Students will be able to solve a variety of scale drawing problems.

Test time! Students will demonstrate their knowledge of scale drawings in this multiple choice test.

10 minutes

**Opener: **As students enter the room, they will immediately pick up and begin working on the opener – Instructional Strategy - Process for openers. This method of working and going over the opener lends itself to allow students to construct viable arguments and critique the reasoning of others, which is **mathematical practice 3**.

**Learning Target: **After completion of the opener, I will address the day’s learning targets to the students. For today’s lesson, the intended target is “I can apply proportional reasoning to solve scale drawing problems.” Students will jot the learning target down in their agendas (our version of a student planner, there is a place to write the learning target for every day).

45 minutes

**Scale Drawings Test: **Today students will take the Scale Drawings Test. The test consists of 20 multiple choice questions. For multiple choice questions, I use the website www.masteryconnect.com to give the students immediate feedback. Mastery Connect is a free (to a point) website where teachers can upload assessments that are aligned with common core standards, and scan student answer sheets using a web camera or document camera. In a second’s time, the student’s score will appear on the screen – as well as let them know which of the problems they scored incorrectly. My students really enjoy scanning their own papers and getting that immediate feedback. I normally turn the option off where they can see which problems they got incorrect, and using the stoplight feature on the website I will send students back to their seat to look over their test if they appear in the yellow (near mastery) or red (remedial) category. This helps promote the idea of taking your time and looking over your work!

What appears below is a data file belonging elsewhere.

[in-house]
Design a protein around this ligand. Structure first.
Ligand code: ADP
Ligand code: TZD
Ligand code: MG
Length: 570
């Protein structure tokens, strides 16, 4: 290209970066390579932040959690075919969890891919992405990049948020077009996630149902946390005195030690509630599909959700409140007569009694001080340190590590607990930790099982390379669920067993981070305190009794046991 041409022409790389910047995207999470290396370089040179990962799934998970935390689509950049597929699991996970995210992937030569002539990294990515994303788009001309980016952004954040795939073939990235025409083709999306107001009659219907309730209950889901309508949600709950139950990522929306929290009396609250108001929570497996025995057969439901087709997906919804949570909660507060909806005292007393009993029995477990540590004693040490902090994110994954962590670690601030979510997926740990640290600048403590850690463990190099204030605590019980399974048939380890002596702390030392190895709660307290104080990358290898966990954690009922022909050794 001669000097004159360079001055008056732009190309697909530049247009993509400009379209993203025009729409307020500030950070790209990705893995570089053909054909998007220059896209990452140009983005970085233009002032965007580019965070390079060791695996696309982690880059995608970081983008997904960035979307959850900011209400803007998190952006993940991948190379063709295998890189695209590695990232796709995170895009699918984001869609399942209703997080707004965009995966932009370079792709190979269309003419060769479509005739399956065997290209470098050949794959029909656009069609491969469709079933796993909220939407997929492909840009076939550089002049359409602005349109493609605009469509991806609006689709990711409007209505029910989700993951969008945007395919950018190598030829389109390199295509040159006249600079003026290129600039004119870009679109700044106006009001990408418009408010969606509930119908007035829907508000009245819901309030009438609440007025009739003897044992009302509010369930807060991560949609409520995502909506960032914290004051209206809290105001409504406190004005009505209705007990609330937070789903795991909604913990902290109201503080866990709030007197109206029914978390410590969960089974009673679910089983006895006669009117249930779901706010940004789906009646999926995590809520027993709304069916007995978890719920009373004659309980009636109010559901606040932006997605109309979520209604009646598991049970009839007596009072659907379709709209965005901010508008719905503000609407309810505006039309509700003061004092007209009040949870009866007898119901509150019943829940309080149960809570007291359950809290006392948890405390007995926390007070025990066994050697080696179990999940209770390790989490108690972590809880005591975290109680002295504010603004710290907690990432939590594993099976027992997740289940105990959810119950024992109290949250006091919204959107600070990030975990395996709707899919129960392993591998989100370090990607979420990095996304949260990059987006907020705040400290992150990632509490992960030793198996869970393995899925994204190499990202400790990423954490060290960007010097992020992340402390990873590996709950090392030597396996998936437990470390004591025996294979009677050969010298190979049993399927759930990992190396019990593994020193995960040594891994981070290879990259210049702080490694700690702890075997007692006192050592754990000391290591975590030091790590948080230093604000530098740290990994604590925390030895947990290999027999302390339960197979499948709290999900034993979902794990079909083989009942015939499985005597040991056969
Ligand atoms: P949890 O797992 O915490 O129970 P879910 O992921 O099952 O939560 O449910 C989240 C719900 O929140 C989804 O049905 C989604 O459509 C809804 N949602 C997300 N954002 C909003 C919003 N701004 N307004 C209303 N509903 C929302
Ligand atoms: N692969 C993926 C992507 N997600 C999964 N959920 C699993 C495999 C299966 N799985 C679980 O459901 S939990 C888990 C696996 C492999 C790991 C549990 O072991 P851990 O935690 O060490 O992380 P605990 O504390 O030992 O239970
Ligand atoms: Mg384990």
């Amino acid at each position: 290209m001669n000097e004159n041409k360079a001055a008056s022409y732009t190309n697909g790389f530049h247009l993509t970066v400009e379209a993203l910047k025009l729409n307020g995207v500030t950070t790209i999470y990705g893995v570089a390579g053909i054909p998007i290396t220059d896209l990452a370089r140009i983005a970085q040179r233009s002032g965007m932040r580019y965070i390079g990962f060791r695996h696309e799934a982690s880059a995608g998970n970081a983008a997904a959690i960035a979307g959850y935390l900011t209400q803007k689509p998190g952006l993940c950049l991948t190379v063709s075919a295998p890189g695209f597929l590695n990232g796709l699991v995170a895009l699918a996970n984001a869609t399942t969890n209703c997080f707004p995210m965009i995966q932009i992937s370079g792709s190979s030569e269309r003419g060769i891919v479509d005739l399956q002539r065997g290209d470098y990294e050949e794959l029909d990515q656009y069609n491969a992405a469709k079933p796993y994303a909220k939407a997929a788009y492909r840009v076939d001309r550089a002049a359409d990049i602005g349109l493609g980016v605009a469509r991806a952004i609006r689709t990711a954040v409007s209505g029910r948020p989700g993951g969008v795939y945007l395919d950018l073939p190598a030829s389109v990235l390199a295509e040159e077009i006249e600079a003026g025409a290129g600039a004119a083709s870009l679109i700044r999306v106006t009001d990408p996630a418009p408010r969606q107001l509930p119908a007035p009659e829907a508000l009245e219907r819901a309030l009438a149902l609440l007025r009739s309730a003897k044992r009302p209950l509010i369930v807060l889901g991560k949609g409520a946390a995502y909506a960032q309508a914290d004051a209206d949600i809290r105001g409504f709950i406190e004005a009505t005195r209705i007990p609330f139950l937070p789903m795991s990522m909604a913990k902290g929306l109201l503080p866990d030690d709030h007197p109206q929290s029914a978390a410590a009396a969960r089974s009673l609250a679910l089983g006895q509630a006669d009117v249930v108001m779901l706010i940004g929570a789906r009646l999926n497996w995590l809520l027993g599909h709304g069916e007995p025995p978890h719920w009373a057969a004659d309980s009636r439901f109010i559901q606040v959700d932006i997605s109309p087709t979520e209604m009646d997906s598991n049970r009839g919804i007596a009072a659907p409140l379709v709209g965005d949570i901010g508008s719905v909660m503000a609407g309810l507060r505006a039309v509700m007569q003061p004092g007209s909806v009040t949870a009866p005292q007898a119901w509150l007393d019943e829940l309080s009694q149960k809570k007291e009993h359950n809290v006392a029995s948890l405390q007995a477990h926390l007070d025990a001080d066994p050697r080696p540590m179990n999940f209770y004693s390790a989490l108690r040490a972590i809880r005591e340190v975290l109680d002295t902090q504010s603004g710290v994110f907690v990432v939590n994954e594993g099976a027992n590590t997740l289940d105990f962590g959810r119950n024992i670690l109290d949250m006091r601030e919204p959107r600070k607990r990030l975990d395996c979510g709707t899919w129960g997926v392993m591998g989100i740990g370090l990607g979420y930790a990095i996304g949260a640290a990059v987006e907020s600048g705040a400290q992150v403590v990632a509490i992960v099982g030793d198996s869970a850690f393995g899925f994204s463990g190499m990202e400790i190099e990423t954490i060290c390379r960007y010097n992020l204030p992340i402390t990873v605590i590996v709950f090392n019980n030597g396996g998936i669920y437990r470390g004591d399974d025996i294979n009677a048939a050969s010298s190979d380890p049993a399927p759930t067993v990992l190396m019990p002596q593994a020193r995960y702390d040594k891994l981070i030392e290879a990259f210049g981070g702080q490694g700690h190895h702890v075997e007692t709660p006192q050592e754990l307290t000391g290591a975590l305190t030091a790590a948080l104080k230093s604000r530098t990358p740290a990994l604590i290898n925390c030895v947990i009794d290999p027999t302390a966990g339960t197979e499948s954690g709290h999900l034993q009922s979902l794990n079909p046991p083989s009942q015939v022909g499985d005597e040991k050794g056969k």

5 minutes

Scale Drawings Test: Since "Note to the Teacher" is a method that I use throughout the year, I find that I do not need to use sentence starters. Using the prompt on the smartboard "how did you do?" students generally open right up and spill their beans! As a way to not cause disruption by having to look for paper, I have the students write me their notes on the back of their test opener.

Using a Protractor Smartboard: Students were able to complete this test rather quickly, so I worked with them on using a protractor to draw angles during the last part of class. After drawing a few basic angles, I increased the difficulty by asking them to draw angles with certain side lengths. This is just getting them ready for tomorrow's lesson.